'Transformative power' of culture and education explained as Unesco convenes in Abu Dhabi

Assistant director-general for education outlines need for agreed framework that consolidates arts, culture and education

Stefania Giannini says technological advancements, climate change and geopolitical tensions have made it essential to agree a global framework for education that incorporates culture and diversity. Leslie Pableo for The National
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The world has changed dramatically since the last global gathering to discuss culture and arts education was held in Seoul 14 years ago.

As policymakers, ministers and international delegates convene this week in Abu Dhabi for the third Unesco World Conference on Culture and Arts Education, there are a number of new variables to contend with and a more ambitious goal.

“It is the first time that ministers of education and culture have come together to join forces and endorse a vision, a framework,” explains Stefania Giannini, Unesco's assistant director-general for education. The goal is to bring the pillars of education and culture together “in policies which can shape the future”.

The inaugural conference was held in Lisbon in 2006. The second, in Seoul four years later, resulted in international goals being agreed. This time, at the Abu Dhabi National Exhibition Centre, the aim of a conference which brings together 190 ministers of education and culture is to agree a framework that can be put into action. Giannini believes it is important.

“Culture is, by definition, what and how we are, where we come from and where we are going to,” she tells The National. “It's about the shaping our identity. It’s about the sense of belonging.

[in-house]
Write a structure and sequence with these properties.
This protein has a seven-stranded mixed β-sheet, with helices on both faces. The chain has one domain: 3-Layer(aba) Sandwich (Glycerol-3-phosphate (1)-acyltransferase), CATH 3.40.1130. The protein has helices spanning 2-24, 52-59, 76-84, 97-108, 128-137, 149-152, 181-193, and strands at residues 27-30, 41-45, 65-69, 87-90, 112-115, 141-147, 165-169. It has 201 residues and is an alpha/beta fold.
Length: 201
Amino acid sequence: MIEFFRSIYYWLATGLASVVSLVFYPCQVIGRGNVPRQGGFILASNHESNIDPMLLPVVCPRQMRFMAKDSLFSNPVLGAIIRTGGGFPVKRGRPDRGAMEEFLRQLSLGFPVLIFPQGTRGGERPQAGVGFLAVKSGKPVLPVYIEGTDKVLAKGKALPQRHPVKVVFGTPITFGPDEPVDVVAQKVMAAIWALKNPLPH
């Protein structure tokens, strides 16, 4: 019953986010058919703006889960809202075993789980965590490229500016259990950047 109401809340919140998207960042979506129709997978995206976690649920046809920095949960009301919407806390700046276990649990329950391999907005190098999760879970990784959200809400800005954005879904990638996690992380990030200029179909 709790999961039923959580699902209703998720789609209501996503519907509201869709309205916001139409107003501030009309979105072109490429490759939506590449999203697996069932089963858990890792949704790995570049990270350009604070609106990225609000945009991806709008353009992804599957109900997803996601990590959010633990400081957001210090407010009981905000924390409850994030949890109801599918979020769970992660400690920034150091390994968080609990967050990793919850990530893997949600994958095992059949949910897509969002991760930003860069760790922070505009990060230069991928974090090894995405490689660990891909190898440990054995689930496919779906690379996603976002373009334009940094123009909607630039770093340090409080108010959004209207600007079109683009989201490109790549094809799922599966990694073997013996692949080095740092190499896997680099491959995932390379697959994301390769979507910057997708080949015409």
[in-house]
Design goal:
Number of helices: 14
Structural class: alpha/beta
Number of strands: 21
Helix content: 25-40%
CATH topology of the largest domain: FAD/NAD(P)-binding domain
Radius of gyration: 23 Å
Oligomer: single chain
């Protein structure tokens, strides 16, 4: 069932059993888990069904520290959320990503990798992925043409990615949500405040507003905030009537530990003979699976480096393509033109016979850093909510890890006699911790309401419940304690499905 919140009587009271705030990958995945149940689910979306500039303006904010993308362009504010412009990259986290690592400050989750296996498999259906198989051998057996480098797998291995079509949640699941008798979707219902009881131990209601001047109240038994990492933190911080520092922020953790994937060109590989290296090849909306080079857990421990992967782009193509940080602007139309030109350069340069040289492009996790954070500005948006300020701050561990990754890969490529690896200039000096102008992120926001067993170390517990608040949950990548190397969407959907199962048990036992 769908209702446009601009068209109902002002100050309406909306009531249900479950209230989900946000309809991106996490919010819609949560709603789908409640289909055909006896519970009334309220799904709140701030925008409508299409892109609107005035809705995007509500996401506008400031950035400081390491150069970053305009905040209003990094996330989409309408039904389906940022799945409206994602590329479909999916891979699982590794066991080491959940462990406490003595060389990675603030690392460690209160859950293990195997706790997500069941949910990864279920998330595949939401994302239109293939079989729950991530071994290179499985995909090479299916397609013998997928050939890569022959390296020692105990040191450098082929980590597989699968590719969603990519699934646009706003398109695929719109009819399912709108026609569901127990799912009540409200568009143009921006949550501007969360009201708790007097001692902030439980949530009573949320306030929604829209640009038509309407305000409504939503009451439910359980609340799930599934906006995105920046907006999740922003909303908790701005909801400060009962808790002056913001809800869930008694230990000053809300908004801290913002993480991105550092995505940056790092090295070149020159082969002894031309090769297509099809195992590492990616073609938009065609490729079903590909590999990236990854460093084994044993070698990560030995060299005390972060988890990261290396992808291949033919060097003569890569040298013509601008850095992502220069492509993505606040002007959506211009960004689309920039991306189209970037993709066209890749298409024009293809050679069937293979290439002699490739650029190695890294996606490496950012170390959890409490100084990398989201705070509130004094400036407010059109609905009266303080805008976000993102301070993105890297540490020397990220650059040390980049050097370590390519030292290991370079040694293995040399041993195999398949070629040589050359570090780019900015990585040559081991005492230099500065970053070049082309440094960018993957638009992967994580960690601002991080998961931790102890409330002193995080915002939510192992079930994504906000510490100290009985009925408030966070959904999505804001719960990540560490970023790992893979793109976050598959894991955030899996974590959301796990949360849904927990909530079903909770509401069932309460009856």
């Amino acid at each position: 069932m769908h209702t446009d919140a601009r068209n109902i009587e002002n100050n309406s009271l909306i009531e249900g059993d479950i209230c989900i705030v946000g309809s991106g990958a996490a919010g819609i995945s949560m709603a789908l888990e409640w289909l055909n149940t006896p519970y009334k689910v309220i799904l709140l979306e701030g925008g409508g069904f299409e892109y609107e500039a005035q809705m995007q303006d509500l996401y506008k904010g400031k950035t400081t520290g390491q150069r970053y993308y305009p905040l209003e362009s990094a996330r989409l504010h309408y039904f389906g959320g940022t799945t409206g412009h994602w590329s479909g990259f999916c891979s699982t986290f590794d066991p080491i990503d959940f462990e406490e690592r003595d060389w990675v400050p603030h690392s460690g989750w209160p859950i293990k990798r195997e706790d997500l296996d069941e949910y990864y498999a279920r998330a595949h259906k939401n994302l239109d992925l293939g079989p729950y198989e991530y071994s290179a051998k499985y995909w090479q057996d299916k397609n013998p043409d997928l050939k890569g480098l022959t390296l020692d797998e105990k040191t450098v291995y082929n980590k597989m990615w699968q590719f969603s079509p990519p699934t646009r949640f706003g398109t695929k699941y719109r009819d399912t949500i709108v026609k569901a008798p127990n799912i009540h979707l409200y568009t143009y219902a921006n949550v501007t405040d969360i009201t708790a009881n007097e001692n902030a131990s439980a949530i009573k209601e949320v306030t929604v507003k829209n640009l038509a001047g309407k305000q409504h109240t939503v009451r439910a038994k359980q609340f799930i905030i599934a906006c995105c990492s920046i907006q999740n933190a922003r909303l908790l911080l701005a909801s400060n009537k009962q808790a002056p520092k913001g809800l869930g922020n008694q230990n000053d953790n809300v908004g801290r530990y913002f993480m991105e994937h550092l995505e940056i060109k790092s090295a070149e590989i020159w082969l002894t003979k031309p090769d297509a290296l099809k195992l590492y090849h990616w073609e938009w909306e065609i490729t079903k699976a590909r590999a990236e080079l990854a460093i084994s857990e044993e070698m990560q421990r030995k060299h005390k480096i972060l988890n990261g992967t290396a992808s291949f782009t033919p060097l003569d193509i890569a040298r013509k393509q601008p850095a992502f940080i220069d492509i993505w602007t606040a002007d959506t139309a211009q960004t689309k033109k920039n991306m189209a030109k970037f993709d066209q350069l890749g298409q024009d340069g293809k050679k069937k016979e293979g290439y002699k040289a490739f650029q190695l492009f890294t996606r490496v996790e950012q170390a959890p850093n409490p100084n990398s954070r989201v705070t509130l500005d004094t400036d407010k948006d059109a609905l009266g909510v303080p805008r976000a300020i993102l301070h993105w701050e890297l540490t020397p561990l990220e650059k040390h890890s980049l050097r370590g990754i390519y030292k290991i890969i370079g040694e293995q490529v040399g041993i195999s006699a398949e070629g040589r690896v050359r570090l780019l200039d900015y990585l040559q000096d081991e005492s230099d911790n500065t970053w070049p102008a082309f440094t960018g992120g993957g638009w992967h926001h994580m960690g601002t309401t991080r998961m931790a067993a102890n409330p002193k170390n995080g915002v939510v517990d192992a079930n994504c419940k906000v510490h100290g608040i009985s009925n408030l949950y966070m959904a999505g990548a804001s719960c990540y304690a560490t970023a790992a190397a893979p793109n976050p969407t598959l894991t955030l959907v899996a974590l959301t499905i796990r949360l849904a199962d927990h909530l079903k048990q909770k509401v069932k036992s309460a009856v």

“Education is a cultural process. It is transmission of knowledge, bringing awareness, whatever the topic. They really naturally go together. Both have a real transformative power, very much more than we think.”

The former Italian education minister notes that, although the two sectors have similarities, they are often viewed as separate and aloof entities. The conference in Abu Dhabi aims to bridge that divide.

“Having Unesco, which is a global platform, gather all these ministers together gives me hope,” she says. “We are not starting from scratch. We are building on robust ideas and visions: the idea that creative industries and the creative economy, broadly speaking, should benefit more from educational processes. They should include new pedagogies in their systems. They should be open to the educational systems from early childhood to university and beyond.”

The notion of consolidating arts and culture within school curriculums has been discussed in recent years. But the conference in Abu Dhabi this week seeks agreement from member states on the action that should be taken, while taking the new geopolitical landscape into account.

Giannini says climate change has emerged from the conference as “the big issue we have to address”. The other is generative artificial intelligence.

She explains: “The digital side of the world is demanding that politicians take action to embed a vision for using technologies including generative AI, broadly speaking, responsibly and ethically. To drive the technological revolution and not to be driven by it.”

Climate change and AI are new talking points to emerge since the conference last convened in Seoul 14 years ago. The other goals delegates are setting include making culture and arts education equitable; providing lifelong learning in cultural diversity; and incorporating digital technologies and artificial intelligence into arts and culture education.

The framework is expected to be endorsed by the member states by the end of the conference on Thursday, after which it will be put into practice by education departments across the globe. Giannini says that will be done by data collection and, for the first time, monitoring what is being done by each member state.

Giannini says Abu Dhabi has been the perfect place to bring it all together. “There is the ambition and capacity in this part of the world, especially in Abu Dhabi, to connect people through cultural diversity and the valorisation of cultural diversity,” she says.

The emirate, she adds, is also a conducive place “for innovating, finding new solutions and addressing some of the big challenges that we face.”

Updated: February 15, 2024, 11:59 AM